5 Worst Excuses People Make for Still Eating Meat

If we look in the history books, it makes perfect sense why humans needed to kill animals for food to survive. Without transportation methods and phone lines and the Internet, humans hunted and gathered, being limited in their food choices. However, the world has come a long way. Foods that are native to certain countries can be shipped around the globe. Humans have created simpler solutions to eating, and the question isn’t “how will I eat?” but “what will I eat?” Plus, if you think about it, humans really aren’t suited to eat meat. We lack those animalistic instincts to hunt and kill with our bare hands. As Dr. Richard Leakey, a renowned anthropologist, said, “You can’t tear flesh by hand, you can’t tear hide by hand. Our anterior teeth are not suited for tearing flesh or hide. We don’t have large canine teeth, and we wouldn’t have been able to deal with food sources that require those large canines.” There, see?  So stop making these 5 excuses!

1. Meat is too delicious to give up

Vegan-only restaurants have popped up and caught on fire, trending in New York City, San Francisco, Los Angeles, Portland, and other U.S. cities. Don’t think vegan food tastes good? Go take a took at some vegan menus and you’ll see mouth-watering creations that are fresh, healthy, delicious, and extremely satisfying. Come to Manhattan during lunchtime and ask that huge line of people snaking down the sidewalk why they’re willing to stand around for 20 minutes to get organic, vegan noms from the Cinnamon Snail food truck. Are they there because meat tastes too good? Quite the contrary. Try something new. The meal possibilities are endless with plant-based foods, and there are a lot more vegan chefs, recipes, cookbooks, and grocery items now than there were ten years ago.


2. I’m an athlete and need meat for strength

Of course athletes need strength, but who said meat is the only thing we can eat to bulk up? Clearly, the people who make this excuse have never heard of the great vegan athletes who push their body to the limit on plants. Scott Jurek is a fantastic ultramarathoner who is a proud vegetarian. The Washington Times named him one of the top runners of the decade. Ultrarunning Magazine named him Ultra-Runner of the Year — not once, but three times. As stated on his website, “In 2010, he set a new US all-surface record in the 24-Hour Run with 165.7 miles—6.5 marathons in one day—for which he was named USA Today’s Athlete of the Week.” The proof is in the peas; Jurek doesn’t need meat to set marathon records.

3. I would be unhealthy if I stopped eating meat

Yeah, if you decided to gorge on nothing but vegan cookies, chips, and processed foods, then sure, you’d be super unhealthy. Just remember our friend Jurek, who probably couldn’t run so fast and well if his vegan diet was unhealthy. The fact is that eating meat can put you at a higher risk for heart disease and high cholesterol levels. According to the Mayo Clinic, “a  National Cancer Institute study of 500,000 people found that those who ate 4 ounces (113 grams) of red meat or more daily were 30 percent more likely to have died of any cause during a 10-year period than were those who consumed less. Sausage, luncheon meats and other processed meats also increased the risk.” Switching out that steak for tofu is definitely healthy.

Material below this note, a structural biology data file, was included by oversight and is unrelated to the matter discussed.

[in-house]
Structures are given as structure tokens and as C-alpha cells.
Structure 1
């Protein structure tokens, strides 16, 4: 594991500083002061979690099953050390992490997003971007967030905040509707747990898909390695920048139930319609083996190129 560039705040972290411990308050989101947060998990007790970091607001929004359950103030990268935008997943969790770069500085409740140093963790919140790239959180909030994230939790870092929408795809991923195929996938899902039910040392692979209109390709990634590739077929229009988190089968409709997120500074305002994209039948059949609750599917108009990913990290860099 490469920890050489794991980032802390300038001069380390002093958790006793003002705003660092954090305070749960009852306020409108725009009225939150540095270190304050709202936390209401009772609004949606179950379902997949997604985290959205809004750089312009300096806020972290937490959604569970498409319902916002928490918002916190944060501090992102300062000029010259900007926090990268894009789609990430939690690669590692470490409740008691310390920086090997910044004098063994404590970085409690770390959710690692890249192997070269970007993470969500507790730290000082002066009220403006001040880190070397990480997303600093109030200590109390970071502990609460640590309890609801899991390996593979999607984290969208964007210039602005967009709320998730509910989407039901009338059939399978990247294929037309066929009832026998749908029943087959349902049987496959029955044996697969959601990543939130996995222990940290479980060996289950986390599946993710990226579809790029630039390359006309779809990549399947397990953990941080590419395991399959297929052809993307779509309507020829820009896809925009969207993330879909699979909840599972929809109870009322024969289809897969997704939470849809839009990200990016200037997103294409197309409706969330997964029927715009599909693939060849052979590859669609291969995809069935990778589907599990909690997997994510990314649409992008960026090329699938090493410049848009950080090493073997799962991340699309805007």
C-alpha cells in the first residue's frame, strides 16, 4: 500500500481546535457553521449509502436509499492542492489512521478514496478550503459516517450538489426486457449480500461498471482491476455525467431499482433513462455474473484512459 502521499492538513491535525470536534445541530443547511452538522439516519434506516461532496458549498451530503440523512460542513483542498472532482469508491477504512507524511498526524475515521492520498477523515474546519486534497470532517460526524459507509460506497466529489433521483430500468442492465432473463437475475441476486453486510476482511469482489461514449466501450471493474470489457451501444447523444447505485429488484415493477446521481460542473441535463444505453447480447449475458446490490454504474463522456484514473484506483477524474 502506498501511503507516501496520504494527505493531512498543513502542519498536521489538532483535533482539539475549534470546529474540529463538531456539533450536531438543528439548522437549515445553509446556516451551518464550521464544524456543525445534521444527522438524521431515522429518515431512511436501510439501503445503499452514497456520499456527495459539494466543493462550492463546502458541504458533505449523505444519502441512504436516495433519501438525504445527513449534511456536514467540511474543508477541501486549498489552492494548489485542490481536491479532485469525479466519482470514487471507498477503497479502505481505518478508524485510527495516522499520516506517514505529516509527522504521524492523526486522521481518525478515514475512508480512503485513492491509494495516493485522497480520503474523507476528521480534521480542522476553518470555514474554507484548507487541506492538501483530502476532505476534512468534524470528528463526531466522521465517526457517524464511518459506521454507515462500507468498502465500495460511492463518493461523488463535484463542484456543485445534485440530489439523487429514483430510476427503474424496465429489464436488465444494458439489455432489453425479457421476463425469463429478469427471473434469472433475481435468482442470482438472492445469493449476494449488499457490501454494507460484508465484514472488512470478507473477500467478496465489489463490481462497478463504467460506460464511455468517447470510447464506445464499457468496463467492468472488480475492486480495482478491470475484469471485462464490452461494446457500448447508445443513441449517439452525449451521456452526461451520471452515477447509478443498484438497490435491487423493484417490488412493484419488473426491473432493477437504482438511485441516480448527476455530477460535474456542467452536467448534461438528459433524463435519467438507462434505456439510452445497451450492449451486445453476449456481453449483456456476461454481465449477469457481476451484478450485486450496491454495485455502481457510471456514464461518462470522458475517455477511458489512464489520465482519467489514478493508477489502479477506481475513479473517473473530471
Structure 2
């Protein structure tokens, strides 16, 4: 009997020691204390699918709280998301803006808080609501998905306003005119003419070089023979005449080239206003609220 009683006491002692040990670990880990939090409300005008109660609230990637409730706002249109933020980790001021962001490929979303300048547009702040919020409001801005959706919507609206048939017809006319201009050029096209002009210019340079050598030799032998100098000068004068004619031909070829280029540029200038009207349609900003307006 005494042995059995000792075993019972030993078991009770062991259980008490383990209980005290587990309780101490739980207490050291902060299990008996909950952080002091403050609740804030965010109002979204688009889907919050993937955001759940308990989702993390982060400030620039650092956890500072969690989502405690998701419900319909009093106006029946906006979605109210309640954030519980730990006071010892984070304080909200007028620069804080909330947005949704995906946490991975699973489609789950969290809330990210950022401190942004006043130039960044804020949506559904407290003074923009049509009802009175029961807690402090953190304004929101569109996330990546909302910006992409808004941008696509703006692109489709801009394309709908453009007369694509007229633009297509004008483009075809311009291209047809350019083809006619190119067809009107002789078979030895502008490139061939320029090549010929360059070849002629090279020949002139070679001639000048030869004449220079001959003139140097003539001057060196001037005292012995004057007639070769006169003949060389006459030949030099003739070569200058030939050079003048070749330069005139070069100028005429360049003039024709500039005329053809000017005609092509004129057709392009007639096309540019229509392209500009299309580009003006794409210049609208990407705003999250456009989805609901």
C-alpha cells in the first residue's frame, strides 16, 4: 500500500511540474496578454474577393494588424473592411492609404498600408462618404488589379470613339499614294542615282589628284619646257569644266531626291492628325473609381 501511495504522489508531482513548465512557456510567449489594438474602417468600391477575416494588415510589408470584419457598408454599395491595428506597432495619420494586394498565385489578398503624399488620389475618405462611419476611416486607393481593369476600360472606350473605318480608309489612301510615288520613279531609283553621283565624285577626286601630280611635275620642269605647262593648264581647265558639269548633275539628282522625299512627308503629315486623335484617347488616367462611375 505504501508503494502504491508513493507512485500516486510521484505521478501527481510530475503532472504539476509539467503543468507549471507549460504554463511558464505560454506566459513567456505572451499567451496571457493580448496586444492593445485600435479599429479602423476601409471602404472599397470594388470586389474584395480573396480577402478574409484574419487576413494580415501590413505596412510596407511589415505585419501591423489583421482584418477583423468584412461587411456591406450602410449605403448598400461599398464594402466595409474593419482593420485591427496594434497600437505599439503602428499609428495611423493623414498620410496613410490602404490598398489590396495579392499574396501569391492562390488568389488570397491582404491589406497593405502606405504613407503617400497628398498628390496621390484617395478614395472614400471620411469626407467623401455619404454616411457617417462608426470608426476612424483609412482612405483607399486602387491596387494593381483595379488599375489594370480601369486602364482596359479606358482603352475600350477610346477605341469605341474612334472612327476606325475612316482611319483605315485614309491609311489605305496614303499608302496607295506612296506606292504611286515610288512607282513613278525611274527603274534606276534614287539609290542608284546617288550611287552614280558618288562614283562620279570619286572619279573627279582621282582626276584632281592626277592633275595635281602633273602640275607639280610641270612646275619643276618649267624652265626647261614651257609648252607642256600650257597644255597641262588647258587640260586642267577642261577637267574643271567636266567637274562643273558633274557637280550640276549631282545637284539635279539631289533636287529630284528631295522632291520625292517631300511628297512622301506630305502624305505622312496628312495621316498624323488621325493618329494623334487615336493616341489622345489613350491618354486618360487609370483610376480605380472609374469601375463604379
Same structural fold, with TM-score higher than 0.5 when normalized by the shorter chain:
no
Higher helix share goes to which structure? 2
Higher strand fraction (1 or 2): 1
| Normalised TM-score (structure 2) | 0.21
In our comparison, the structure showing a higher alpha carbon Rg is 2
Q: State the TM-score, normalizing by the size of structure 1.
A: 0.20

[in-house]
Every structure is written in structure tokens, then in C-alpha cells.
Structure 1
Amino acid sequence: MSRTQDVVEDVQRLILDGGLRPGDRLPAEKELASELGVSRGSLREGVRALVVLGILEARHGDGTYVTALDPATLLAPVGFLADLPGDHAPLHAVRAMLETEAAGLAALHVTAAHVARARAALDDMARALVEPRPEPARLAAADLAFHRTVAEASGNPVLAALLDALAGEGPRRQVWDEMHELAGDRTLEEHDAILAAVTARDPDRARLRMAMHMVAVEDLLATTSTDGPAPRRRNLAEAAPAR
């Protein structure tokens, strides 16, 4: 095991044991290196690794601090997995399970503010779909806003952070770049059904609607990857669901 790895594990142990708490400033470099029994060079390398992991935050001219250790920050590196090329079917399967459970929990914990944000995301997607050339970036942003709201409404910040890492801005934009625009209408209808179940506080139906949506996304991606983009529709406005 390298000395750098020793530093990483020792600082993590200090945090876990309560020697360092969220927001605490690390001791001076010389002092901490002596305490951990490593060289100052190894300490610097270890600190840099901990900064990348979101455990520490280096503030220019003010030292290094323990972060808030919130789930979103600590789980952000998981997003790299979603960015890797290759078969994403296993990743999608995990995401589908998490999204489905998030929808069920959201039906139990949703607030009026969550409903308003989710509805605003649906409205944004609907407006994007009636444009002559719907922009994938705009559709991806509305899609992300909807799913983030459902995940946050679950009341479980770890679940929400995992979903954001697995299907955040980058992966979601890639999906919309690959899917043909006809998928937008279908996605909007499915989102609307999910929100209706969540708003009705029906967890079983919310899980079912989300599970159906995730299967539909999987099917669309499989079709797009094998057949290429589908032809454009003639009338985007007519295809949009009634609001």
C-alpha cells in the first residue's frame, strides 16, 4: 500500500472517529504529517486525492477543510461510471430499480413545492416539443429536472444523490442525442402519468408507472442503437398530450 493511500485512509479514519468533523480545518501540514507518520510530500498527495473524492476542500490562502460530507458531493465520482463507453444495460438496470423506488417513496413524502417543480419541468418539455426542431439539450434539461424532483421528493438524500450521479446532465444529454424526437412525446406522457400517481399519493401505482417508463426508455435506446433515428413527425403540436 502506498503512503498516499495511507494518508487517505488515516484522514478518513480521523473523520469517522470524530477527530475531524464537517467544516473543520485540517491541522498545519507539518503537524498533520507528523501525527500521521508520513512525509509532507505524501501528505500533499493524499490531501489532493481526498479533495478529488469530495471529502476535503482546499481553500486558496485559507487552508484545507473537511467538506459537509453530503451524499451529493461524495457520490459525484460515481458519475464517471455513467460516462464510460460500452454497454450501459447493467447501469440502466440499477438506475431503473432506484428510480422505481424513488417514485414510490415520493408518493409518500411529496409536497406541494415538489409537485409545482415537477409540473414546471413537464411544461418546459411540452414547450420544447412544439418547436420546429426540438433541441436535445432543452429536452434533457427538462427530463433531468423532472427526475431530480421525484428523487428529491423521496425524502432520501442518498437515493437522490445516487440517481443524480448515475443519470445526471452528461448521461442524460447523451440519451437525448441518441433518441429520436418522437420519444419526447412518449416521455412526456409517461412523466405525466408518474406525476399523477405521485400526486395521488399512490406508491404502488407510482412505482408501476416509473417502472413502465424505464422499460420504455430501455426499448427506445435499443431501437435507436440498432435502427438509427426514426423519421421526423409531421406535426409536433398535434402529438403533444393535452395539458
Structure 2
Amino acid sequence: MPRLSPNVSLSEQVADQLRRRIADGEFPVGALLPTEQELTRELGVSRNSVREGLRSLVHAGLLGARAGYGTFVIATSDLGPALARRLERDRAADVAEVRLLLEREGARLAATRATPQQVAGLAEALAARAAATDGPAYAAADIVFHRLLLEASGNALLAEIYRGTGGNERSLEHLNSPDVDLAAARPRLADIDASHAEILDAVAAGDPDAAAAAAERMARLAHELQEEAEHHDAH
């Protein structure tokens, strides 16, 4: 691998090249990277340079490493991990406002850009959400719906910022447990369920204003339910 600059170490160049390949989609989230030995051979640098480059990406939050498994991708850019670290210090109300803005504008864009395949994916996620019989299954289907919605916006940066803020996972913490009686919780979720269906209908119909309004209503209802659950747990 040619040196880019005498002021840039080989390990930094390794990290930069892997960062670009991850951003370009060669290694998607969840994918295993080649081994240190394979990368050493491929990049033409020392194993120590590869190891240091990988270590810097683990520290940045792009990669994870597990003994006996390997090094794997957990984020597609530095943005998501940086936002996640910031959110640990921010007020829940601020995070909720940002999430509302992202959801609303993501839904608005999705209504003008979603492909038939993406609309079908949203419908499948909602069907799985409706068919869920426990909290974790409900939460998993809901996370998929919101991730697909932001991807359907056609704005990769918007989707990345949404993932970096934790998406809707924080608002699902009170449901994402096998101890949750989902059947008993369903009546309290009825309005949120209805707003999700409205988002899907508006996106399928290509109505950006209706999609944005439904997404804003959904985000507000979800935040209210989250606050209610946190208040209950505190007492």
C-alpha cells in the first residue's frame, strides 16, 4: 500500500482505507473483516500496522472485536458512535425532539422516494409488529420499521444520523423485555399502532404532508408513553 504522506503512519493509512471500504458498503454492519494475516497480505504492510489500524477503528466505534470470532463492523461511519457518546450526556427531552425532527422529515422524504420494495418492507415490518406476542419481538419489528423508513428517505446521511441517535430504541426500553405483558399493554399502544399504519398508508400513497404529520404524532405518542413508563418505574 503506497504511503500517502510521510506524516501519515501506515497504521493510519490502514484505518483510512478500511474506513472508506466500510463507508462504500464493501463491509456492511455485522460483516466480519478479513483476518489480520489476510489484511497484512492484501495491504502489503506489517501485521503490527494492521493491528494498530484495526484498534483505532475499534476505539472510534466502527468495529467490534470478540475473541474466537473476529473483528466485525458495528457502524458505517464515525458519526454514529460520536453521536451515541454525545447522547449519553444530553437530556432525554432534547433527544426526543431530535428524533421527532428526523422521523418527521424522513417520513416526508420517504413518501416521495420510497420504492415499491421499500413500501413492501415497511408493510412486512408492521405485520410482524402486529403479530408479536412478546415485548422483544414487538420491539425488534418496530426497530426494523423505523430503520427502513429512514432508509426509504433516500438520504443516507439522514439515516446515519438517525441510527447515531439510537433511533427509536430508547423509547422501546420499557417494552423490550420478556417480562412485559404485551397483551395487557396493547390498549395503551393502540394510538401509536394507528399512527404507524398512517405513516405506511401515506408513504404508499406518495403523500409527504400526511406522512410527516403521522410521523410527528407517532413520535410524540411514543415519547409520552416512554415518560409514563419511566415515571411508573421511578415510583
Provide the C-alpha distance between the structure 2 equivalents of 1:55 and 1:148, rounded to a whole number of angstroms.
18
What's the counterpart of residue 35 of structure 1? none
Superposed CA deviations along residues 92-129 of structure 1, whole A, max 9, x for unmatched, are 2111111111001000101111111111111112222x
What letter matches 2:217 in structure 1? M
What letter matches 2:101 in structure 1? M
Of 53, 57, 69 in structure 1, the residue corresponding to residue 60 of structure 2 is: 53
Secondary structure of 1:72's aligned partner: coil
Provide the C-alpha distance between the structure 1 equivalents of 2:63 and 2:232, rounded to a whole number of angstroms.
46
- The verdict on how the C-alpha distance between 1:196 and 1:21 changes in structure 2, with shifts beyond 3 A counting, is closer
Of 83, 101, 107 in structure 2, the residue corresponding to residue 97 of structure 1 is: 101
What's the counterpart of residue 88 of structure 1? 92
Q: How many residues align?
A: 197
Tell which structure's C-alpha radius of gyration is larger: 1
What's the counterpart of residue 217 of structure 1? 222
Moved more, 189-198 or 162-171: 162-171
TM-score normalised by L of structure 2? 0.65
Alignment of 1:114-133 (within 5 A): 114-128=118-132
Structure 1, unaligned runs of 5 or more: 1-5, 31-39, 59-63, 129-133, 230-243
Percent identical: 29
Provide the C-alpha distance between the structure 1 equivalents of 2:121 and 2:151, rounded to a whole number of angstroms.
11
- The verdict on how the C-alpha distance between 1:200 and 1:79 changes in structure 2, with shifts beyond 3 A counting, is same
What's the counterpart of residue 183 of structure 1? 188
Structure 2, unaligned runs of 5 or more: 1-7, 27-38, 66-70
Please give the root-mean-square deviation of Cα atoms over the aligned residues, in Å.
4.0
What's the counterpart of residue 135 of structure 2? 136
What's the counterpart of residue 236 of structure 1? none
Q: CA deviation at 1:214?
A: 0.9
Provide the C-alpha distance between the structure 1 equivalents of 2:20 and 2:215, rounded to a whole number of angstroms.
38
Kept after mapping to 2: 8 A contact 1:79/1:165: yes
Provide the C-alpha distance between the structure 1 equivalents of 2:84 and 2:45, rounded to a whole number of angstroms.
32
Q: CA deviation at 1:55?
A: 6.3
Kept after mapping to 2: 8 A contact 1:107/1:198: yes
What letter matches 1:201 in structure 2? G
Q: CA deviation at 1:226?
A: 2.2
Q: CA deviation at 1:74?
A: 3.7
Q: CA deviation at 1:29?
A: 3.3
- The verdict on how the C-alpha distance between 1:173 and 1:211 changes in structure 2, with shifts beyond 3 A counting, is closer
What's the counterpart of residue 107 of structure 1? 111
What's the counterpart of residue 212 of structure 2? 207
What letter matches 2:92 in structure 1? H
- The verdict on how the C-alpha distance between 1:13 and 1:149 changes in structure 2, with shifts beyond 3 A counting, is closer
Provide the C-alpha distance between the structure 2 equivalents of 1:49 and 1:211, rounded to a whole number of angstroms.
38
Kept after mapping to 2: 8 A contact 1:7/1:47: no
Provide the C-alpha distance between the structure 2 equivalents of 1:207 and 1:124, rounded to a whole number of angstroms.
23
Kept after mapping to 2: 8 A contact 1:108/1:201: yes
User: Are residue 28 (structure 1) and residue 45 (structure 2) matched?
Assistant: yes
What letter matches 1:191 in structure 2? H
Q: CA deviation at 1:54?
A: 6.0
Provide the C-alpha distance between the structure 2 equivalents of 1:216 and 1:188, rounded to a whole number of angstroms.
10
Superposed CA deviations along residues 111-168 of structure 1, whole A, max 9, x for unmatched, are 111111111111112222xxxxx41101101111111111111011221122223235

4. I’m too lazy to care why I shouldn’t eat it

Ignorance isn’t bliss when that ignorance affects the rest of the planet. There are some people who open a package of processed hot dogs and state that they simply don’t care what’s in it. These are the people who never look at ingredients labels and could care less about how their actions affect the rest of us. Despite all the evidence and truth about animal cruelty in the meat industry, they don’t want to learn why they should give it up. They live by the “ignorance is bliss” mentality. However,  living in the dark is dangerous in a modern society, so wake up and smell the cruelty and fat in that bacon.

5. I am an ethical meat eater

What’s with all this marketing jargon about free-range, cruelty-free, cage-free, grass-fed, and so on? How can any practice be cruelty-free when the end result is killing the animal for food?  Plus, those labels can be misleading and are tricks to make meat-eaters more at peace with the fact that they’re stuffing dead carcass in their face. A marketing label does not necessarily match up with the practices and actions of making that food. A chicken and egg packing plant that labels itself as “cage free” only means that the animals aren’t kept in cages. It does not ensure their welfare and it does not mean they’re clucking happily on lush, green farmland. Sorry to break it to you, but your meat probably did not come from a little old farmer with overalls and a tractor.


Image Source: Christian Scheja/Flickr